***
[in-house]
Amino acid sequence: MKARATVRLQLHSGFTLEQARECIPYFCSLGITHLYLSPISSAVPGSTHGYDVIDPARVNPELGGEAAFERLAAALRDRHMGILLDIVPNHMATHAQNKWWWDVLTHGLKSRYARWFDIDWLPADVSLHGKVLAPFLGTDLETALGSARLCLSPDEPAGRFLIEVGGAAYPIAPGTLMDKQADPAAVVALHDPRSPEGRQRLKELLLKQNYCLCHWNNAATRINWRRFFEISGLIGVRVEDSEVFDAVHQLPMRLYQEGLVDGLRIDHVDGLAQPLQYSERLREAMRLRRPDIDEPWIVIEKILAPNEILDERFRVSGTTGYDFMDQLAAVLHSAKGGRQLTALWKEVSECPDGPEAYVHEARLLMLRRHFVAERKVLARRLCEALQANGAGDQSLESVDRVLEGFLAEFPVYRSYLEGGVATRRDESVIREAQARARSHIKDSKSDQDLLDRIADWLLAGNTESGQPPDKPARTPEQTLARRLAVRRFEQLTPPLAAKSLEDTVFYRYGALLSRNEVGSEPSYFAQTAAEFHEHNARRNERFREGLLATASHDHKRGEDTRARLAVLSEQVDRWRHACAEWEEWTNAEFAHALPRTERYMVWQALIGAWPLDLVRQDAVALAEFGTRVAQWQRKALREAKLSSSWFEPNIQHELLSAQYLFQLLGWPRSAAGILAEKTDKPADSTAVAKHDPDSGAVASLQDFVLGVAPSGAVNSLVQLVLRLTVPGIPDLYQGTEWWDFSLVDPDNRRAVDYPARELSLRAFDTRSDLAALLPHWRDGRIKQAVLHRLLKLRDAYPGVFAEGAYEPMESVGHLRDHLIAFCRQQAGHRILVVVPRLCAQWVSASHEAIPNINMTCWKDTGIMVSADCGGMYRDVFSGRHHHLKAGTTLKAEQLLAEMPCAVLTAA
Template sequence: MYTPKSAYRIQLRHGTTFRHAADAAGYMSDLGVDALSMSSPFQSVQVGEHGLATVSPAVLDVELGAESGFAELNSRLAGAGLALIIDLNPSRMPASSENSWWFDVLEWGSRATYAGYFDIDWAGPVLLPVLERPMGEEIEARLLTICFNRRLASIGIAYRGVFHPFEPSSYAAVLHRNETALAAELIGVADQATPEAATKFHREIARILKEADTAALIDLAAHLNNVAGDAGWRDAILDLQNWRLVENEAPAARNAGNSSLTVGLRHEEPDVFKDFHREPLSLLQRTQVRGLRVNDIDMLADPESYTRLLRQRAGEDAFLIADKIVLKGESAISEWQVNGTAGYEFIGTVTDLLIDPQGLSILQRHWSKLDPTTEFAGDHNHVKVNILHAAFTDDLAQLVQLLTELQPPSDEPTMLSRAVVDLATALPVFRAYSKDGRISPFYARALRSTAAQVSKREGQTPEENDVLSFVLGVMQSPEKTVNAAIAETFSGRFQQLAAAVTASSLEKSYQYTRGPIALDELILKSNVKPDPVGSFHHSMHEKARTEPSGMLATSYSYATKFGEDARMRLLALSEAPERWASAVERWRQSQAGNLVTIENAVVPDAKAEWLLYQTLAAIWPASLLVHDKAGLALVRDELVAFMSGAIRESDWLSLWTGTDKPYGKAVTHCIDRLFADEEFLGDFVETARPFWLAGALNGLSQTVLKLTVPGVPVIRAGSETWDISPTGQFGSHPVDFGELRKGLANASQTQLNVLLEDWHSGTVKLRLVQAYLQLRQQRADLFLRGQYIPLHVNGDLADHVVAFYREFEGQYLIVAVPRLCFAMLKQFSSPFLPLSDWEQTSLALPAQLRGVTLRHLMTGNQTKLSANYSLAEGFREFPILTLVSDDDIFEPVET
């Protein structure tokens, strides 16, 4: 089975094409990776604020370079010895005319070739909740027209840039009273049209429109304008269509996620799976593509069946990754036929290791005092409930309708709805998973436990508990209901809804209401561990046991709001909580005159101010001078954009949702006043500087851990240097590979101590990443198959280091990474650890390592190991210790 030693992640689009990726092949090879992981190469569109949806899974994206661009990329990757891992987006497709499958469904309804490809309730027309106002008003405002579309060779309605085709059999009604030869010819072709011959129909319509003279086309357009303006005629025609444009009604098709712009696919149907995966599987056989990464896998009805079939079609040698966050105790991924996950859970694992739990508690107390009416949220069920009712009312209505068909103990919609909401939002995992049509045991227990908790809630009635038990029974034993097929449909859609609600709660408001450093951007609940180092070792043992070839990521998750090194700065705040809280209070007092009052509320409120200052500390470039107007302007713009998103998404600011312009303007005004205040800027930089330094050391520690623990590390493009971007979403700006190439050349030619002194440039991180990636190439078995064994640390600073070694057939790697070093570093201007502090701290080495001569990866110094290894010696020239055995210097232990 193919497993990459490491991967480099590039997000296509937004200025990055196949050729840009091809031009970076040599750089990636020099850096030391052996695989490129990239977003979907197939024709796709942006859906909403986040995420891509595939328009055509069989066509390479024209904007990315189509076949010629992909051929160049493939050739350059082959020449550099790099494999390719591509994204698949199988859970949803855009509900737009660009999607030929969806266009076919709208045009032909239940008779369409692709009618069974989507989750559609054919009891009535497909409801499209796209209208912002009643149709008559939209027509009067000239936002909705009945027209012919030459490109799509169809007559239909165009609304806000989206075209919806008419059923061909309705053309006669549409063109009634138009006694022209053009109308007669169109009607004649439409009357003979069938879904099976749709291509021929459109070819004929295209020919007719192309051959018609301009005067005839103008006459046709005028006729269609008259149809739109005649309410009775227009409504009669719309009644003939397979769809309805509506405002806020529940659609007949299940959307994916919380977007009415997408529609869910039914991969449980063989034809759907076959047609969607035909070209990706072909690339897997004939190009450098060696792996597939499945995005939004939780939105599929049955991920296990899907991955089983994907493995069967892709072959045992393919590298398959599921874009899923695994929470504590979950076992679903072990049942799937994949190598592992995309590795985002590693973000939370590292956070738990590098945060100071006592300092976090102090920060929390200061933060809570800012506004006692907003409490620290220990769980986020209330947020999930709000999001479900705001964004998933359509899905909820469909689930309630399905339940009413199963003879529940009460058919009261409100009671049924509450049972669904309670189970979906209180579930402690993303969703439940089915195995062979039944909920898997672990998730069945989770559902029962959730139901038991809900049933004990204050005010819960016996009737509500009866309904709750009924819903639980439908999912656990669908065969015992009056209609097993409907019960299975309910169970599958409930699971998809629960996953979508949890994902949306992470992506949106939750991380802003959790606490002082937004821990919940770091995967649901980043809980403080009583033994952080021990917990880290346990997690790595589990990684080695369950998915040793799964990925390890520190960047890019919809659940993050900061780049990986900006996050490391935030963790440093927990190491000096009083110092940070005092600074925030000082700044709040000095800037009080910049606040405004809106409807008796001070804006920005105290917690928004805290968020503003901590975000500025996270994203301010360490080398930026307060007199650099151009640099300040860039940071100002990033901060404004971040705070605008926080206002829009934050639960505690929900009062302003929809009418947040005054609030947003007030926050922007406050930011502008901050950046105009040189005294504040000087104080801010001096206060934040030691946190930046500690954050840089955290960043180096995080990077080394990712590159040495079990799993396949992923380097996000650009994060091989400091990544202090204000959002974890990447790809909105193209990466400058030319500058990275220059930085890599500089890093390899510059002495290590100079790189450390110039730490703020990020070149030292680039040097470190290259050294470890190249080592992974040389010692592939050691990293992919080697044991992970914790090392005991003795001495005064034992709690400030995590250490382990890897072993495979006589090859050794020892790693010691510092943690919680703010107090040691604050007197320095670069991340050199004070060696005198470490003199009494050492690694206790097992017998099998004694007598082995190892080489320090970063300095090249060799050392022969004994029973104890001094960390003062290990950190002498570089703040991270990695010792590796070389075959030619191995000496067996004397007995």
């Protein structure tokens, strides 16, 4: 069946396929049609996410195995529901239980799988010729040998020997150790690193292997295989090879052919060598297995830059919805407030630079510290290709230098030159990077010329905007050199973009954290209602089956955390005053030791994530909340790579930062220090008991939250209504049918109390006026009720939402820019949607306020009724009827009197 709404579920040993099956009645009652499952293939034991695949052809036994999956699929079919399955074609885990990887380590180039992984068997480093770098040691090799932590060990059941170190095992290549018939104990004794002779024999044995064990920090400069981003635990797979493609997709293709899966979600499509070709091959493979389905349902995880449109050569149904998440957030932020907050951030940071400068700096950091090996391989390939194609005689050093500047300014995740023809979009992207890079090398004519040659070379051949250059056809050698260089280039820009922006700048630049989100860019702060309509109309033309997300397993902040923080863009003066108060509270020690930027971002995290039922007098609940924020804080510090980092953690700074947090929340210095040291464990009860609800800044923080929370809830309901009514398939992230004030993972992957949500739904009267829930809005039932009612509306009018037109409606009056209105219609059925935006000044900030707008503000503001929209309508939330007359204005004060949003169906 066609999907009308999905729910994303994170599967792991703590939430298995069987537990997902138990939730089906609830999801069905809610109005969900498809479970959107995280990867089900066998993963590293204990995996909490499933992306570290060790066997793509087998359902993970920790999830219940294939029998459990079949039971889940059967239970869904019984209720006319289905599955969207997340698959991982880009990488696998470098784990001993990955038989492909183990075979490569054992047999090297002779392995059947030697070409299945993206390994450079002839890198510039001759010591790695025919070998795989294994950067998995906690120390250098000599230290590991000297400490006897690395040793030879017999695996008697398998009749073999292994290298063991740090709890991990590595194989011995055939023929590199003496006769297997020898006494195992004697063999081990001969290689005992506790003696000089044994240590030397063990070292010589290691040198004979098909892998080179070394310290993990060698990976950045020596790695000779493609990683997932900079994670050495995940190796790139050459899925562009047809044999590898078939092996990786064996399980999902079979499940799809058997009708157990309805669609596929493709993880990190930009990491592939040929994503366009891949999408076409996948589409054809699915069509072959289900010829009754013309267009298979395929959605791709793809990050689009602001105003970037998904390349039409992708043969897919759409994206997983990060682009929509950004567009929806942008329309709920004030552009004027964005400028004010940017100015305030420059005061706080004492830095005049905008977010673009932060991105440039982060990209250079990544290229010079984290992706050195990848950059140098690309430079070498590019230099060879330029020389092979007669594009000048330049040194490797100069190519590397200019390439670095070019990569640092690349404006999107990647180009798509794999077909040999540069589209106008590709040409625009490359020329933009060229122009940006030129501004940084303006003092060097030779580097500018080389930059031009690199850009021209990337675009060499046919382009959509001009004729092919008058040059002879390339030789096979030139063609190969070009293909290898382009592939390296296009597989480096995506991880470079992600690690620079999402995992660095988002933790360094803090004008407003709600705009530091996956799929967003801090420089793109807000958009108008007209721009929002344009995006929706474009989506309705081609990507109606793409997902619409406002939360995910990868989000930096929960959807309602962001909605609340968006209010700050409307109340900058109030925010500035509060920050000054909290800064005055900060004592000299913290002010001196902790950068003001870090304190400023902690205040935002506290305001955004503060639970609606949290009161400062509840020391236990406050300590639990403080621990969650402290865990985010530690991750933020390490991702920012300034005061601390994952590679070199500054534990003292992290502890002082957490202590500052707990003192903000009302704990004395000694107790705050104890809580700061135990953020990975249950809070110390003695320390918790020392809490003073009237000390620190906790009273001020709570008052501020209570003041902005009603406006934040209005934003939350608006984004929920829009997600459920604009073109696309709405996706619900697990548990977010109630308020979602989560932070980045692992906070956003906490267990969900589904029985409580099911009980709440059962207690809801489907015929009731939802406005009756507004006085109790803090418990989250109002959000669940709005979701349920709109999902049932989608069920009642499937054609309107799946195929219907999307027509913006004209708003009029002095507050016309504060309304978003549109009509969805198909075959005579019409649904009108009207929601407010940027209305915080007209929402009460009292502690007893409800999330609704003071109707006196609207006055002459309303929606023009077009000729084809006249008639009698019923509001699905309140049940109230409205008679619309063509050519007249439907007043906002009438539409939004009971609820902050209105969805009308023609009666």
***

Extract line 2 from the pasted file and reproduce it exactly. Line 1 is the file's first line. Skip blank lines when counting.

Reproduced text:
Amino acid sequence: MKARATVRLQLHSGFTLEQARECIPYFCSLGITHLYLSPISSAVPGSTHGYDVIDPARVNPELGGEAAFERLAAALRDRHMGILLDIVPNHMATHAQNKWWWDVLTHGLKSRYARWFDIDWLPADVSLHGKVLAPFLGTDLETALGSARLCLSPDEPAGRFLIEVGGAAYPIAPGTLMDKQADPAAVVALHDPRSPEGRQRLKELLLKQNYCLCHWNNAATRINWRRFFEISGLIGVRVEDSEVFDAVHQLPMRLYQEGLVDGLRIDHVDGLAQPLQYSERLREAMRLRRPDIDEPWIVIEKILAPNEILDERFRVSGTTGYDFMDQLAAVLHSAKGGRQLTALWKEVSECPDGPEAYVHEARLLMLRRHFVAERKVLARRLCEALQANGAGDQSLESVDRVLEGFLAEFPVYRSYLEGGVATRRDESVIREAQARARSHIKDSKSDQDLLDRIADWLLAGNTESGQPPDKPARTPEQTLARRLAVRRFEQLTPPLAAKSLEDTVFYRYGALLSRNEVGSEPSYFAQTAAEFHEHNARRNERFREGLLATASHDHKRGEDTRARLAVLSEQVDRWRHACAEWEEWTNAEFAHALPRTERYMVWQALIGAWPLDLVRQDAVALAEFGTRVAQWQRKALREAKLSSSWFEPNIQHELLSAQYLFQLLGWPRSAAGILAEKTDKPADSTAVAKHDPDSGAVASLQDFVLGVAPSGAVNSLVQLVLRLTVPGIPDLYQGTEWWDFSLVDPDNRRAVDYPARELSLRAFDTRSDLAALLPHWRDGRIKQAVLHRLLKLRDAYPGVFAEGAYEPMESVGHLRDHLIAFCRQQAGHRILVVVPRLCAQWVSASHEAIPNINMTCWKDTGIMVSADCGGMYRDVFSGRHHHLKAGTTLKAEQLLAEMPCAVLTAA